Dutch insurance isn't usually something to set pulses racing. Yet NN's announcement on Wednesday of an unsolicited $2.7 billion proposal for Delta Lloyd sent the target's shares soaring 30 percent, their biggest jump on record.
With few other obvious bidders in the wings and shareholder patience tested by a recent rights issue, Delta's management doesn't look to have too much bargaining power. Engaging with NN may be the best way to shake out a sweetener. An aggressive attempt to stay independent might lack credibility.
Strategically, a deal has merit. Insurers are feeling the squeeze of ultra-low interest rates and tougher capital rules. Low growth and pricing pressure mean those with cash to spend, such as NN, want to bulk up. Since its 2014 IPO, NN has splurged on buybacks and dividend payouts totaling 2.1 billion euros ($2.4 billion). The company reckons buying Delta for a similar price would boost market share, cut costs and offer a "significant" lift to earnings.
And at first glance, the premium looks just about okay, if flattered by Delta's recent bad run. A proposed price of 5.30 euros per ordinary share is 29 percent above Tuesday's close. That compares relatively well with recent deals, such as the 36 percent bump offered by Mitsui Sumitomo when buying Amlin, or the 15 percent one-day premium for Aviva's tilt at Friends Life.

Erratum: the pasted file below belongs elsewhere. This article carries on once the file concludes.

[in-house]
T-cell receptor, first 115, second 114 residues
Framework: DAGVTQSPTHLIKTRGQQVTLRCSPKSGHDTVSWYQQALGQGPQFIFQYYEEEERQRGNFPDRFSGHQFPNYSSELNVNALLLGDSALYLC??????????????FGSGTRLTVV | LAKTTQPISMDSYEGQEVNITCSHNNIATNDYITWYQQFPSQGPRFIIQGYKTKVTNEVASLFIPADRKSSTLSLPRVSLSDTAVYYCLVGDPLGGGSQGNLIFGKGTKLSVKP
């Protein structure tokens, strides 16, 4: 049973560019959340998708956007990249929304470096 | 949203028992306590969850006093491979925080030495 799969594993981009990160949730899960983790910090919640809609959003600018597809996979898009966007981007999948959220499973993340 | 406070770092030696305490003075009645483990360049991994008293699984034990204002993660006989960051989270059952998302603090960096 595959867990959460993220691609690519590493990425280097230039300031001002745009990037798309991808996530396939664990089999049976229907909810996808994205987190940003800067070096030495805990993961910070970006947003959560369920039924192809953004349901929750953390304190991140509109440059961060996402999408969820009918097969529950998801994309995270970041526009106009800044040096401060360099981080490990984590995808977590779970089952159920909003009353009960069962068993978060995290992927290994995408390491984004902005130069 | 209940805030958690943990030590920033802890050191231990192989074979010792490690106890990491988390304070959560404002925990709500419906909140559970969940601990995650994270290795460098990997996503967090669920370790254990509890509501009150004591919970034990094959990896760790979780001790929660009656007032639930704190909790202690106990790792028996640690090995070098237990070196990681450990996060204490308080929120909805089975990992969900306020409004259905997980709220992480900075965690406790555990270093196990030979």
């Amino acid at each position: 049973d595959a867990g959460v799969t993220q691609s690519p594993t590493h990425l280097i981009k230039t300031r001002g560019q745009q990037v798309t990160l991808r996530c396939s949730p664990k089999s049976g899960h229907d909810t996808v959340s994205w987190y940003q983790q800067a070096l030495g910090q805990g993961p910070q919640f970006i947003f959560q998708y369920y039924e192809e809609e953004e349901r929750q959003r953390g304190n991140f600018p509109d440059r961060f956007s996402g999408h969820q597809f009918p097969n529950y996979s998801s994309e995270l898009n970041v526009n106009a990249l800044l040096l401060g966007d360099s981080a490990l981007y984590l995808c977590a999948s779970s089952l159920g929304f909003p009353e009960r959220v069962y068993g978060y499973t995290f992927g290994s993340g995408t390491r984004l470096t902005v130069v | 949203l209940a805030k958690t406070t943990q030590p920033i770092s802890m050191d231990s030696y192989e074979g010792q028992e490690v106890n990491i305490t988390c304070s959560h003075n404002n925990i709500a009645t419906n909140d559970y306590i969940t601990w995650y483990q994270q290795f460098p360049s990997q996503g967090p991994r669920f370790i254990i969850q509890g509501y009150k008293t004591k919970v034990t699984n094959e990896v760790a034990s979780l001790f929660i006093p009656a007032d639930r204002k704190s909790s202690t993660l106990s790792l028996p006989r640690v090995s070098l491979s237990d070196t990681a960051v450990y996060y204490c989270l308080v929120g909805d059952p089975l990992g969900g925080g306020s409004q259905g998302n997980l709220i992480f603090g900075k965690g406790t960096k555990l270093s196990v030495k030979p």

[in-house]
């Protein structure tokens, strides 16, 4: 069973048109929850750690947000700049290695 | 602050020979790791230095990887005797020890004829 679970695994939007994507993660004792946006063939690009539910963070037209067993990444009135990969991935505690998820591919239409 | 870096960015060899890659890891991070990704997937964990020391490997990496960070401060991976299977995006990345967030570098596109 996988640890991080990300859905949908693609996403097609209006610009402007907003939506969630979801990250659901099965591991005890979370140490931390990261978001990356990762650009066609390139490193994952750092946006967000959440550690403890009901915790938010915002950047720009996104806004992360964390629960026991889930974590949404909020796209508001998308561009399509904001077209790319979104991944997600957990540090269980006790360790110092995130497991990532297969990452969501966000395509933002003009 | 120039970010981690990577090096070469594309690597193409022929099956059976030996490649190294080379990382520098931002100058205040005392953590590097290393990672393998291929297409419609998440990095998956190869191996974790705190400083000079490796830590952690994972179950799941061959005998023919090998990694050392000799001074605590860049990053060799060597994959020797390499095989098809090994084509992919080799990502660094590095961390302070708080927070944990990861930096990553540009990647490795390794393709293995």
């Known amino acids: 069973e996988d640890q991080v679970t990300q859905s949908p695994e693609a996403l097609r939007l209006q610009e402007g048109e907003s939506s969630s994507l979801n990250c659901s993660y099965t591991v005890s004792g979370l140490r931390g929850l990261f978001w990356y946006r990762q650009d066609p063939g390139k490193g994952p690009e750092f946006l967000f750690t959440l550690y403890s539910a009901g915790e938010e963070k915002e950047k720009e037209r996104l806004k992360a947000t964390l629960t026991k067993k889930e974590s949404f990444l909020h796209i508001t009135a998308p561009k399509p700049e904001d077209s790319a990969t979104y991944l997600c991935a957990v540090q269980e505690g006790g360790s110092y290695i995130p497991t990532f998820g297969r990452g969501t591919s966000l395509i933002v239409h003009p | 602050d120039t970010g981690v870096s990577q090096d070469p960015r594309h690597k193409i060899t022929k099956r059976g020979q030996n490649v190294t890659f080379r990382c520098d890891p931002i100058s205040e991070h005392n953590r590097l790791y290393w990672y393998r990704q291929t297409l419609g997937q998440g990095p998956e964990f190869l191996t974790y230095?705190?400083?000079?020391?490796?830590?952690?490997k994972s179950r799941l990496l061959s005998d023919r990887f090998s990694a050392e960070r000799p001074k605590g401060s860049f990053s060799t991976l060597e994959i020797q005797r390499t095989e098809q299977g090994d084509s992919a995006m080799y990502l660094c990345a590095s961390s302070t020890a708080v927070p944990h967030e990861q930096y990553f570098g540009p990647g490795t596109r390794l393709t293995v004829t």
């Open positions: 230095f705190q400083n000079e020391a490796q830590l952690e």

Delta's share price on Wednesday -- hovering around the proposed offer -- gives a multiple to book value of 0.67, according to Bloomberg data, second only to Generali in a basket of peers.
Yes, you could argue that the premium is less generous when you consider Delta shares have been in the doldrums lately, so it might hope to squeeze a bit more from NN. But it's hard to see too much here that will let it push for a much higher offer.
There's little euphoria about the idea of Delta being "in play". Analysts don't think there are obvious counter-bidders with the necessary cash reserves. And even if Delta has moved on to surer footing operationally -- returning to profit in the first half -- going it alone might be the worse option. A tie-up with NN would help cut more costs and provide a stronger balance sheet for its growing pension business, according to Bloomberg Intelligence's Edmond Christou.
Frayed relations with investors make matters even trickier for Delta. It's had a pretty rocky 12 months, with tough markets pushing it to raise capital from shareholders at a discount in March. Investor anger went public, with Highfields Capital Management opposing the rights issue.
This gives an opening to a buyer. But it doesn't preclude haggling on that 5.30 euro offer. The average cost per share for the Highfields stake, for example, is estimated at 7.92 euros, according to Bloomberg data. For Taiwan-based Fubon, another leading investor, it's estimated at 11.66 euros. Still, engaging with NN might be the best way for them to cut their losses. Management has to weigh this risk.
So, while NN's opening salvo doesn't look like a take-it-or-leave-it offer, Delta doesn’t have much room to play hardball. Its big shareholders will probably call the shots.
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